In 1928, johnsongrass seed arrived in California in shipments of sudangrass seed from Texas and Oklahoma. Eventually it johnsongrass became established throughout the state, except in the Imperial Valley where it was declared a noxious weed and eradicated.

In the Delta, johnsongrass is the most limiting factor in the production of corn grown for grain and silage, with severe competition from both seedling and rhizomatous johnsongrass. It also serves as a host for the debilitating sugarcane mosaic virus, which is often transmitted by aphids from johnsongrass to corn.

Fig. 1. Corn treatment stage 4–5 leaf, 6–8 inches tall.

The present integrated management system for johnsongrass control includes flooding wheat stubble in late summer; applying preplant incorporated herbicides; making fall and spring applications of glyphosate to control johnsongrass on ditch banks, set aside acres, and fields scheduled for planting cultivation where soil is thrown to the corn row; and crop rotation. Some growers use all or most of these methods, while others practice a more limited management system. Regardless of the methods used, johnsongrass control is marginal at best.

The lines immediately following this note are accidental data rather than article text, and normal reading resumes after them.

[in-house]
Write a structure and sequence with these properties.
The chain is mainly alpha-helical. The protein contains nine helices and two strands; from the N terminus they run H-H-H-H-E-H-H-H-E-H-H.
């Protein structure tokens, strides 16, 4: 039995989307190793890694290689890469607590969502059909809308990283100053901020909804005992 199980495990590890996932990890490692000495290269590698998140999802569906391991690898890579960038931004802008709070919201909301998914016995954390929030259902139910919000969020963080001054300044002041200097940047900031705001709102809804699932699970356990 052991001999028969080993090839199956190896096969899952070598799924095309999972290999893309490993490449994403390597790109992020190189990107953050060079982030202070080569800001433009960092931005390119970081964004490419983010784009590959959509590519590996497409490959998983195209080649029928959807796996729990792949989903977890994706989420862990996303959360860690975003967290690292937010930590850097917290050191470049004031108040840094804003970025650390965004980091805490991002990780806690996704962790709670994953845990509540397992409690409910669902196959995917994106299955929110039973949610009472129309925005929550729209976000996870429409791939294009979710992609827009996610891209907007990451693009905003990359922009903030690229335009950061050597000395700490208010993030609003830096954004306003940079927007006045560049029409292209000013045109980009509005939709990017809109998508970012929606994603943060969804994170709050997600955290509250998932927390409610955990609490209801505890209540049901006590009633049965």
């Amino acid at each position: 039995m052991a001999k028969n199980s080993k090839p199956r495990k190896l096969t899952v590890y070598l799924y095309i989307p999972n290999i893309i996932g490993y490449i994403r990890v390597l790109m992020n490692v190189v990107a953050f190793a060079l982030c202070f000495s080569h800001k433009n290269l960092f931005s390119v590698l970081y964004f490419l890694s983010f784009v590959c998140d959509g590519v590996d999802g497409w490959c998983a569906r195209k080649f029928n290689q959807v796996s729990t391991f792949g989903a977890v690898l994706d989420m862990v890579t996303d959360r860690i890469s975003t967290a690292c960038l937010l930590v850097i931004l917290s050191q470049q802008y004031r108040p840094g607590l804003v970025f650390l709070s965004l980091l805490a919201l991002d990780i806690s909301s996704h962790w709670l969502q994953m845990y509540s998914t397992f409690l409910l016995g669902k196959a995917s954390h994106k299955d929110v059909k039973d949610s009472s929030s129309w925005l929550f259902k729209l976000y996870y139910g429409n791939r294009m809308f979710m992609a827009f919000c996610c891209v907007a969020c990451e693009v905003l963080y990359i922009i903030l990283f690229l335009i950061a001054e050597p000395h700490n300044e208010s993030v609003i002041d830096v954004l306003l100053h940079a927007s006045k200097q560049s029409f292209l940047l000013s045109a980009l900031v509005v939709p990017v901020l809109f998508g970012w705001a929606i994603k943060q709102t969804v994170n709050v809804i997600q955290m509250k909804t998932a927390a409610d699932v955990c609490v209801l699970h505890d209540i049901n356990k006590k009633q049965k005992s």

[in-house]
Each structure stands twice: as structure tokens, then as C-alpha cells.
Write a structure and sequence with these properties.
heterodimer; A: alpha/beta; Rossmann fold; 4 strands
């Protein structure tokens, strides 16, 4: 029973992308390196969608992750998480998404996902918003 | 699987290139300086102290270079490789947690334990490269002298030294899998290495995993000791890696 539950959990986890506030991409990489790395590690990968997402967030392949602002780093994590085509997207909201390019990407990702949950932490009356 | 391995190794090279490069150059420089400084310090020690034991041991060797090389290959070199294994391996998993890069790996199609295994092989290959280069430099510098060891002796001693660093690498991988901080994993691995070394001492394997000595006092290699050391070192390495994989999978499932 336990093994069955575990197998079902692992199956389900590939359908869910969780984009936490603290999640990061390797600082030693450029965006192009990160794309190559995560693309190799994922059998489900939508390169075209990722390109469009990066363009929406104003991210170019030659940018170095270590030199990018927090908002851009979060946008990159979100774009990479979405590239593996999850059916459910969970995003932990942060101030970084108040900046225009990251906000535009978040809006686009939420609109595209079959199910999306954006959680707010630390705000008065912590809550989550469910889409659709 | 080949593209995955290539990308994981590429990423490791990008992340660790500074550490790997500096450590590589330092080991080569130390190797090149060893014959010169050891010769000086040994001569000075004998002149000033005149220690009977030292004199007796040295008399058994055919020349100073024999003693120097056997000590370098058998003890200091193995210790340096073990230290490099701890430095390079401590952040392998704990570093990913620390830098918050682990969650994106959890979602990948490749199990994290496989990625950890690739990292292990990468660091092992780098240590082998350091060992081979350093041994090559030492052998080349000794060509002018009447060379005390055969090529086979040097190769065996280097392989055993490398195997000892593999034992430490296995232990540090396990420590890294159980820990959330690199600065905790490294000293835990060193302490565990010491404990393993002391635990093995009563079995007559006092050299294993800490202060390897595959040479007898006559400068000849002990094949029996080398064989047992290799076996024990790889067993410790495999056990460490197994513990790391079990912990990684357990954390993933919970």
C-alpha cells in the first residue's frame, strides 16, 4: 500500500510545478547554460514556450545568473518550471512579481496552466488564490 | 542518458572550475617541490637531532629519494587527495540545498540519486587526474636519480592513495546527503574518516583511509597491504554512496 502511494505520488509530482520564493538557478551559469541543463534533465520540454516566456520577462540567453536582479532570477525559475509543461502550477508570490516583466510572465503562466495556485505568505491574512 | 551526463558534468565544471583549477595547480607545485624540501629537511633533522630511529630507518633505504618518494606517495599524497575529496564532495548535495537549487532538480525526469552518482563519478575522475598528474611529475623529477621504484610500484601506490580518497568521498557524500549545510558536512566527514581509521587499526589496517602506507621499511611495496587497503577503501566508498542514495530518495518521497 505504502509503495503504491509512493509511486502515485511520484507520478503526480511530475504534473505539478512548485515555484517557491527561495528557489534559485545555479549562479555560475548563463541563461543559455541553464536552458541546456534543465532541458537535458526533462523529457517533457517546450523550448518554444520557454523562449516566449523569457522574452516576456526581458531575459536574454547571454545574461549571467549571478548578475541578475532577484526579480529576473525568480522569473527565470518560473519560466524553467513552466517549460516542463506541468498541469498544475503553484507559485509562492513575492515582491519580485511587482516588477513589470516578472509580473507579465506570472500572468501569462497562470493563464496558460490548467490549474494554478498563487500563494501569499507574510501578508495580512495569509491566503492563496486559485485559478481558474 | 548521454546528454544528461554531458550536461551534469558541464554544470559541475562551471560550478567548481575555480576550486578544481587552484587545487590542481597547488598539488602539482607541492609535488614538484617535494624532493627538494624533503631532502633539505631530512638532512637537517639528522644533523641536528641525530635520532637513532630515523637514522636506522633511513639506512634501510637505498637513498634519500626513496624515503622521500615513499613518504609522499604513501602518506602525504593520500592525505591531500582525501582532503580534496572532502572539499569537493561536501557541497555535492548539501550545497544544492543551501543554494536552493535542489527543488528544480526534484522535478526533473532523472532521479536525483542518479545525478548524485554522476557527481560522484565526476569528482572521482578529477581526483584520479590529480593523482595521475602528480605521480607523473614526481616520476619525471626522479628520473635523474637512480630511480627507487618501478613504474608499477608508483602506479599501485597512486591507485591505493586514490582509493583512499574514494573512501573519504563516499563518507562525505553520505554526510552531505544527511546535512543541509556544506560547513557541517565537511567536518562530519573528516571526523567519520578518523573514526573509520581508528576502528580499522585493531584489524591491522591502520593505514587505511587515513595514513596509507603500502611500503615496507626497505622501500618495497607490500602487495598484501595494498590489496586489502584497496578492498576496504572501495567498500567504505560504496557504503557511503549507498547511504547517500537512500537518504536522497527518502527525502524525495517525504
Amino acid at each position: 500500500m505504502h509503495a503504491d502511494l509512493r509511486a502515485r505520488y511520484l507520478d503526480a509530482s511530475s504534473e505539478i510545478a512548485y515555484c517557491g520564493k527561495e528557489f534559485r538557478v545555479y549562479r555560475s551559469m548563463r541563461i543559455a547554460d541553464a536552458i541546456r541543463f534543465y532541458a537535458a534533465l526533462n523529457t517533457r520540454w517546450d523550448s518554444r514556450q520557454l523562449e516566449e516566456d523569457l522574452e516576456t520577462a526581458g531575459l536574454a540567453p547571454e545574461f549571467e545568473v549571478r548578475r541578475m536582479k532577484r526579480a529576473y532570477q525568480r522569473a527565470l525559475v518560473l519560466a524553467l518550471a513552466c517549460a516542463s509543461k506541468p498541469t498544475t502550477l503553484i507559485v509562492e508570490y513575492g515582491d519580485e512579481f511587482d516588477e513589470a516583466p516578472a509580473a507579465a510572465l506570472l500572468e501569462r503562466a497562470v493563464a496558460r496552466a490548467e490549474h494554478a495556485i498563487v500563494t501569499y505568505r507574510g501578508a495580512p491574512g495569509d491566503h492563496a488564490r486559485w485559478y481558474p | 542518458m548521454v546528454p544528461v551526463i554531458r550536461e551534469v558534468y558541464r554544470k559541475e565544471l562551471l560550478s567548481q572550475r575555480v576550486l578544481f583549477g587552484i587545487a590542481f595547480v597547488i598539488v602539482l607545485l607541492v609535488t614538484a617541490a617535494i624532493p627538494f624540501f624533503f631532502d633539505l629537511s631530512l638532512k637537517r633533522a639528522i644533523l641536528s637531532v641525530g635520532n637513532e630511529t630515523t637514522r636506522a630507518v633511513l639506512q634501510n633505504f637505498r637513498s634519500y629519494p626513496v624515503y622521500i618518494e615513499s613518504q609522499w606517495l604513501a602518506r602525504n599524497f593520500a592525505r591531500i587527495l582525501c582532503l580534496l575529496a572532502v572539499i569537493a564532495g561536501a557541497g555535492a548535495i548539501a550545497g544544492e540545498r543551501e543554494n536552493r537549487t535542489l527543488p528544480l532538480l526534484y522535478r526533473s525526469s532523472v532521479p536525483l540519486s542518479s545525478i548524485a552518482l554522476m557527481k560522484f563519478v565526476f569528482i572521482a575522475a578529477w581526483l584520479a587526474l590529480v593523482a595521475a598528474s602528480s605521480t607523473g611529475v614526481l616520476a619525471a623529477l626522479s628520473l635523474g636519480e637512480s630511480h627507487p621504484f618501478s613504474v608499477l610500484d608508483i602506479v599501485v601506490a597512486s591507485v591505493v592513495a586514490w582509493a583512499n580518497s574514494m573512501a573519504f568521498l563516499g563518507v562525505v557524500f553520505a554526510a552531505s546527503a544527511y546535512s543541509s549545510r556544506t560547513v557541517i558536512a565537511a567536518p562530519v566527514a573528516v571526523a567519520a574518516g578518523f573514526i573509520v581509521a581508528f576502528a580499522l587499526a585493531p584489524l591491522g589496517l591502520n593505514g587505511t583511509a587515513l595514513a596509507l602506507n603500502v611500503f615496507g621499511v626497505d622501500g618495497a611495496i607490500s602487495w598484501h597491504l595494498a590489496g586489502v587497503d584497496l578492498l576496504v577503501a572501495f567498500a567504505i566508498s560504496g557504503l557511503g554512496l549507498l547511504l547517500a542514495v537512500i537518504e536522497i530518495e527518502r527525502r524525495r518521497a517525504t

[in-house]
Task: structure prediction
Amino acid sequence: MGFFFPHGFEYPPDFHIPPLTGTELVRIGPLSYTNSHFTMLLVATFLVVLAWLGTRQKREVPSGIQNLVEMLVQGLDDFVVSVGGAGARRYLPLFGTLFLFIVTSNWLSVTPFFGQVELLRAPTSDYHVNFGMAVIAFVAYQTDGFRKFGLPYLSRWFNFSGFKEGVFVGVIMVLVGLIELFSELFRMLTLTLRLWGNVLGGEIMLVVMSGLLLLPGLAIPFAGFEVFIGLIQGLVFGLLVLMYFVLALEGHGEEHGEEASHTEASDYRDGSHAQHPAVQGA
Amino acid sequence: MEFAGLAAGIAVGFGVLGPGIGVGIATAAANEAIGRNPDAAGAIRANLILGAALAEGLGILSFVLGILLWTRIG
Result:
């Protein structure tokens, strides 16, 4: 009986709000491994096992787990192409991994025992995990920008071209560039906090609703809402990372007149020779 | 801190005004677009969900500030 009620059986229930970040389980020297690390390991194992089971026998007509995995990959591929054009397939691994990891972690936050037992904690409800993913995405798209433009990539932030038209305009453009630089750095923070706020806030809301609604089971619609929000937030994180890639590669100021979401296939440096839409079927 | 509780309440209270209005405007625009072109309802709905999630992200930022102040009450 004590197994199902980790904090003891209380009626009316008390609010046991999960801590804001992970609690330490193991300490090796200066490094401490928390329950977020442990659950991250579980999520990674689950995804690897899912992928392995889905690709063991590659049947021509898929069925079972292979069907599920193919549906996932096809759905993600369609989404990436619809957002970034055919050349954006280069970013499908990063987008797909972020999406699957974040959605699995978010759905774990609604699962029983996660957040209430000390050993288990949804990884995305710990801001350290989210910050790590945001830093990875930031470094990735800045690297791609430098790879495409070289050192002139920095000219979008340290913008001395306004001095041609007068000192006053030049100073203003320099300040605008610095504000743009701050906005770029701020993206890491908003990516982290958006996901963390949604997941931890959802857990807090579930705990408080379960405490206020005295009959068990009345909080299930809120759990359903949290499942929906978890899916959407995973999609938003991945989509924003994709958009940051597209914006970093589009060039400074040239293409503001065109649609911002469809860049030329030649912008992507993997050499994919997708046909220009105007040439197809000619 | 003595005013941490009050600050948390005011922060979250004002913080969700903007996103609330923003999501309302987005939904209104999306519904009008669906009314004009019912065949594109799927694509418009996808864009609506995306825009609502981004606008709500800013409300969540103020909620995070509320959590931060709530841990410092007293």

The extensive water network in the Delta facilitates the spread of johnsongrass seeds. Johnsongrass grows on ditch banks and drops seeds into the water so that they disperse to become established on other ditch banks and eventually in new fields. The reservoir of seeds and rhizomes in some fields is so great that even when johnsongrass is controlled on the ditch banks, an extensive population still remains in the fields. Although growers attempt to control the species on the ditch banks with an annual glyphosate application, a new flush of seedlings soon takes over and rhizomes often resprout. Growers are reluctant to use preplant incorporated herbicides because of the high energy requirement of double disking, which also causes loss of soil moisture and loss of soil due to wind erosion.